Let’s start with a cognitive framing on how to read Charles Taylor.
The heterodox psychologist J.J. Gibson has been an inspiration for many; Donald Norman, the author of “The Design of Everyday Things” and one of the minds behind Apple’s design revolution, is one of them. Norman says about Gibson:
Objects tell us how to interact with them. A chair tells us to sit (seems obvious), a car tells us to drive (less obvious) and a laptop tells us to type (doesn’t seem obvious at all). Gibson thought that affordances are there for the taking, but we might want to contextualize them, embedding affordances in Deshkaal. A laptop’s typability might be obvious to an inhabitant of a knowledge society but would offer no clues to one of Hammurabi’s minions.
Affordances have a history.
Selves as Interfaces
What works for objects might also work for selves. Our identities tell the world how to interact with us. A man in suit and tie invites one kind of interaction and a man in tie die invites another.
The self arises as a cluster of affordances that tells the world how to interact with us. But we can add an extra self-affordance: historical and other contingencies also tells the self how to interact with itself. Which is to say, the inner space, that realm of private consciousness that’s central to how the modern person experience themselves is an affordance.
You can see what I am trying to do here: as Taylor traces the outlines of the self, I will keep weaving a third cognitive thread into Taylor’s duo of analysis and history so that we surface the affordances that Kant uses to build his metaphysical system.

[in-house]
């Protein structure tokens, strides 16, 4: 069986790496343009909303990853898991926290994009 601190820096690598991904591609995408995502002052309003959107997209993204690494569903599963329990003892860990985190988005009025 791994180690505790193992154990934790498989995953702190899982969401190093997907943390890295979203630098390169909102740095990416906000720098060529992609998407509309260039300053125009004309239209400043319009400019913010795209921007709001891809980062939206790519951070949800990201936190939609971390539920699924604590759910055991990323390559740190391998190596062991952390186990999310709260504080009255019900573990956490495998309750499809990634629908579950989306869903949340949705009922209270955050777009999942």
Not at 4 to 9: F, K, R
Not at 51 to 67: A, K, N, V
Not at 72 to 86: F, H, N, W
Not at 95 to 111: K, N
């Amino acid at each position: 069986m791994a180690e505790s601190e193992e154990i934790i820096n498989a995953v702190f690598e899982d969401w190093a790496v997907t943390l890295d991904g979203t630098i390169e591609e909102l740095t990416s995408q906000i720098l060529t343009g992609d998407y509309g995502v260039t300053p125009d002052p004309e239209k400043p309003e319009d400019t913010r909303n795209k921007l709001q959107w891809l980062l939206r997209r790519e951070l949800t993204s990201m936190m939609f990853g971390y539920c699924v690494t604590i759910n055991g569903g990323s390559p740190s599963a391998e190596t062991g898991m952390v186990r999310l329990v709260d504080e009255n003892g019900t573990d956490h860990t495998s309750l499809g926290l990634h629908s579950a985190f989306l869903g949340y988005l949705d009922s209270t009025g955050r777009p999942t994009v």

Here’s how Taylor frames his project:
Unlike an object which can be entirely characterized by what it is, a self demands an understanding of what it could be and what others like it are. The question “Who am I” can’t be answered without probing who I want to be and what’s preventing me from doing so.
Or perhaps that way of articulating the self is itself a modern framing - it’s possible that one of Hammurabi’s minions would have been satisfied with a self description in which what he ought to be is the same as what he is.
The self’s flourishing is inside the penumbra of the self, if not part of its definition. In any case, I think definitions are the wrong way to grasp the self. A better analogy is with polysemy. When I say:
The cow jumped over the gate
The plane flew over the city
The meanings of the preposition ‘over’ are related but distinct: in the case of the cow, the sentence marks the passage of the cow from one side of the gate to the other, while in the case of the plane, it marks the presence of the plane above the boundaries of the city. Natural language terms have shifting connotations based on context.
The self, in my view, is a worldly counterpart of concepts, i.e., a thing in the world that has shifting affordances based on who is querying whom. Taylor gives us a hint of this multi-faceted nature of the self:
Taylor seems himself as going against the grain of his peers, who treat morality as an autonomous domain independent of what it is to live a good life. That wall between morality and the good is itself a symptom of the separation of disciplines and sub-disciplines in the classification of intellectual life and the organization of departments.
Specialization, fragmentation and unification proceed apace in the modern world, both in the university and in our psyches. Taylor is a weaver. We can build upon his philosophical weaving by noticing that our social technologies (the law, academia etc) draw their resources from a cognitive realm in which morality, selfhood and flourishing are intertwined, though like in the outer world, the cognitive sources of selfhood etc might also be fragmented.
We will see how Taylor connects the self with the good and the good with the right tomorrow.